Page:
In the 1950s, a tragic side effect of the drug thalidomide caused birth defects in babies when given to pregnant women. And that's why any woman who could become pregnant was subsequently banned by the FDA from participating in medical trials. The intention was good, but not knowing if a new drug will cause women to grow a third vagina (next to the other two we know they have, according to our medical research) seems like a recipe for more tragedies.
Congress repealed that law in 1993 and required women to be part of medical trials. But the attitude of exclusion persisted. As recently as 2004, women made up less than a quarter of patients in clinical trials. And of the women in those trials, many had to prove they were on contraceptives or sterile. If you're a pregnant woman, medical science is pretty sure you shouldn't smoke or kickbox ... and that's about it.
Britain Didn't Have Plugs In Its Appliances Until 1992
For a long time, buying a blender in the UK was a huge pain in the ass. That's because British appliances didn't come with plugs until 1992. Before then, you had to buy your appliance and plug separately, then wire that shit yourself. If you're thinking that's dangerous, and that people spend years in school learning how to wire things without killing themselves, you're right! Between 1980 and 1988, amateur wiring sent almost 3,000 people to the hospital, and 32 died.
Now, in the past, this was almost a necessity. Back in the '40s, there was no standard on what a wall socket should look like. Since every house might have a different socket, it made sense to sell appliances and plugs separately. But the three-slot socket introduced in 1947 caught on. By the '90s, 95 percent of British households had it as the standard. So at that point, why not sell the plug and appliance as a set? Because no company wanted to lose out on making two sales at once. If a few people got electrocuted so they could keep charging an extra 8 squiddlypence or whatever to power that new Betamax, so be it. Only in the early '90s did the government finally require manufacturers to sell their appliances with a plug, and thus stop electrocuting their customers. The government didn't explicitly state that companies also had to stop spitting in customers' faces, but it was gently implied.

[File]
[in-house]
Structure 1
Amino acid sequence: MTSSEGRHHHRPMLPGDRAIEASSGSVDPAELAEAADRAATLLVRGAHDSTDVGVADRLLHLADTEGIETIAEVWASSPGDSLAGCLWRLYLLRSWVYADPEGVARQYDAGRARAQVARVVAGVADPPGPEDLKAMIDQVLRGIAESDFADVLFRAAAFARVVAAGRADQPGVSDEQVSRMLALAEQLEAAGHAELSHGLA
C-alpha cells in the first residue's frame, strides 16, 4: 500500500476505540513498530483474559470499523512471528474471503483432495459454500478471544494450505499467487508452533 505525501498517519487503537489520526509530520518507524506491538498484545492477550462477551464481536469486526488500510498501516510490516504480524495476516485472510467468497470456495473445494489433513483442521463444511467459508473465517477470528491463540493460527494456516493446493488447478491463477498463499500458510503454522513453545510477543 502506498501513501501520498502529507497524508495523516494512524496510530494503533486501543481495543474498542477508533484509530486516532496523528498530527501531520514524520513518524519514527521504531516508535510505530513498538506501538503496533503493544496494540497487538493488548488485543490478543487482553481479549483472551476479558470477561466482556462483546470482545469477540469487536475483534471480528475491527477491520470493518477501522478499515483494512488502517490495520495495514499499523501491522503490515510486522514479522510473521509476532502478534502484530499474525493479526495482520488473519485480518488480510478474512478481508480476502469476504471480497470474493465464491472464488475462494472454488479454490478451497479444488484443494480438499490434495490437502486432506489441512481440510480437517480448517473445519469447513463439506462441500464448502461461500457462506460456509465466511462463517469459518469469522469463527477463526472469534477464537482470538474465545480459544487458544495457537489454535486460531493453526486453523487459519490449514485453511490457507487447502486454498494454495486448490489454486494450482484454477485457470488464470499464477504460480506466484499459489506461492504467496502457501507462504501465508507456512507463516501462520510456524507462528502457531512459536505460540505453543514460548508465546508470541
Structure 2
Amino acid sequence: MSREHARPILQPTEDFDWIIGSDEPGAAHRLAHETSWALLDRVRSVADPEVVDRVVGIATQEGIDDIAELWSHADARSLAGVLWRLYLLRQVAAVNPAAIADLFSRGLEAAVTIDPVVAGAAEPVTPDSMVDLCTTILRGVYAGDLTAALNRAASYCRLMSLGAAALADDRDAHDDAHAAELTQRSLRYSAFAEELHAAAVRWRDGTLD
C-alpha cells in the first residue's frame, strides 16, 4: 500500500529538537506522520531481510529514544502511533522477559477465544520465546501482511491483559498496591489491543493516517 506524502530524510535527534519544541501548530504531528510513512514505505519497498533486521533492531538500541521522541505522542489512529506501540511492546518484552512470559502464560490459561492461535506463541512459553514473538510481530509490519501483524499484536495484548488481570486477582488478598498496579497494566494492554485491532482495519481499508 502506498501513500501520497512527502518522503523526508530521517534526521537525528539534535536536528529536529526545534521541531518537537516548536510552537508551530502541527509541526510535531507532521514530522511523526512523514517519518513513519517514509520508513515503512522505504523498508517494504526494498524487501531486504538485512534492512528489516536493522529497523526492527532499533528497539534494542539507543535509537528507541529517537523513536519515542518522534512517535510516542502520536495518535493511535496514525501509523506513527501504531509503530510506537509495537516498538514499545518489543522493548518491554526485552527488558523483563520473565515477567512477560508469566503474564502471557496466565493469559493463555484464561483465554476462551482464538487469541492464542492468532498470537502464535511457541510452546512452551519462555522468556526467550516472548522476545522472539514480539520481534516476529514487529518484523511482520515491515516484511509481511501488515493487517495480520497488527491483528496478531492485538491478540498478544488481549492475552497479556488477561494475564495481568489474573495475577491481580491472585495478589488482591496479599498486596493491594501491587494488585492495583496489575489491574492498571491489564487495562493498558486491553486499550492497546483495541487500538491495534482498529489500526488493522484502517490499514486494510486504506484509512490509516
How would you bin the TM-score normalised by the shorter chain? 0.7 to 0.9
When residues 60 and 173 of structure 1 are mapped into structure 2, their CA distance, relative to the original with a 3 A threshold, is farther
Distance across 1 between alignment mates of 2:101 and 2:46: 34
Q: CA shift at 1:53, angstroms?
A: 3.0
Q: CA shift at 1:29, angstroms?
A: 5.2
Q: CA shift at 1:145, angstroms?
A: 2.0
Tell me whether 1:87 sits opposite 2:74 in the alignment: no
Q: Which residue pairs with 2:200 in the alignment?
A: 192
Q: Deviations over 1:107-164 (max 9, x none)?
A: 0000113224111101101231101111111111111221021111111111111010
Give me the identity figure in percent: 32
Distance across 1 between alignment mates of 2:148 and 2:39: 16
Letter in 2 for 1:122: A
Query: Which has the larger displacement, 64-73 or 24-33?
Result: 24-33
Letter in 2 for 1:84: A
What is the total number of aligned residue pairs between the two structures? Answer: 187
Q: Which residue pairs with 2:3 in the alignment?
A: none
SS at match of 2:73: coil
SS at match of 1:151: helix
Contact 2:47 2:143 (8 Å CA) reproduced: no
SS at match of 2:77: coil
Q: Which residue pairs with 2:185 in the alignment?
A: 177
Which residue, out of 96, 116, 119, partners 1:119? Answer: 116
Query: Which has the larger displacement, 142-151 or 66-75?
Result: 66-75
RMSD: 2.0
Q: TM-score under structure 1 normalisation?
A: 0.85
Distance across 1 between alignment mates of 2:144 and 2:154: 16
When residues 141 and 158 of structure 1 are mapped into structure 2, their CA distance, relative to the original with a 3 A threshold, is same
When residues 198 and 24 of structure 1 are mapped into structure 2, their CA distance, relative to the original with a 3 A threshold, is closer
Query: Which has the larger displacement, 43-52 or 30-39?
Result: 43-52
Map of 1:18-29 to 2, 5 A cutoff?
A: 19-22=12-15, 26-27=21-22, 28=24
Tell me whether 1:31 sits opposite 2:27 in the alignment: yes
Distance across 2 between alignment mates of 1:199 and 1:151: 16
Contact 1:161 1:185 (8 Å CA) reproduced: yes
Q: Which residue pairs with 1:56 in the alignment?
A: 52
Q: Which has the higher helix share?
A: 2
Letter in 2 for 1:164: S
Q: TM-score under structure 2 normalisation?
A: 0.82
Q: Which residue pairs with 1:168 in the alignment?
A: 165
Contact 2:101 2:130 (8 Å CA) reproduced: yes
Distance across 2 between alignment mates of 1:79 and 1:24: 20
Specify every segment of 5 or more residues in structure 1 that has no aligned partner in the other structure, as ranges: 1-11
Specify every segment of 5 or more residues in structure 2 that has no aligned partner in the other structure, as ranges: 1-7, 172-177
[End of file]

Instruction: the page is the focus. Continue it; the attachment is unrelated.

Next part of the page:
Planned Obsolescence Is Holding Everything Back
When humans first invented instant canned light, we invented the shit out of it. Light bulbs made in the 1900s are far superior to the ones you bought at the dollar store last week. Some bulbs made 115 years ago are still burning to this day.
Why do the bulbs we have today suck so bad? Well, look at your phone. No, not the one in your hand, the one cluttering up your junk drawer. Remember how amazing it was when you bought it? Remember how eight months after you bought it, the battery life started sucking and it stopped playing pornography at an acceptable frame rate? The phone and the light bulb have the same problem: planned obsolescence.
In 1924, major manufacturers gathered together into what one might call "a cabal." Philips, Osram, and General Electric all met up in Switzerland to discuss their shitty turnover rate. People seemed to buy one light bulb and then never need another one. The future looked grim -- all the world's basement stairs brightly, blindingly lit forever, the poor literally drowning in disposable income, begging for a savior.
And so the noble cabal agreed to restrict light bulb lifespans to 1,000 hours.
For reference, this one has been burning for over a million hours.
But these companies weren't content to only increase turnover on light bulbs. This model of planned obsolescence spread like wildfire during the Great Depression. To stimulate the economy, companies made products that people had to buy over and over again. Now it's the industry standard in everything from computers to clothes. But it's better than the alternative: Not buying sweet new stuff all the time. What kind of bitter hell would that be?
John is an analyst and occasional writer. He tweets at @j_p_ford and blogs spare facts he finds in his research on http://www.learnmiscellaneous.com. Credit for the FDA entry goes entirely to Amy. I'll always miss you, Amy.
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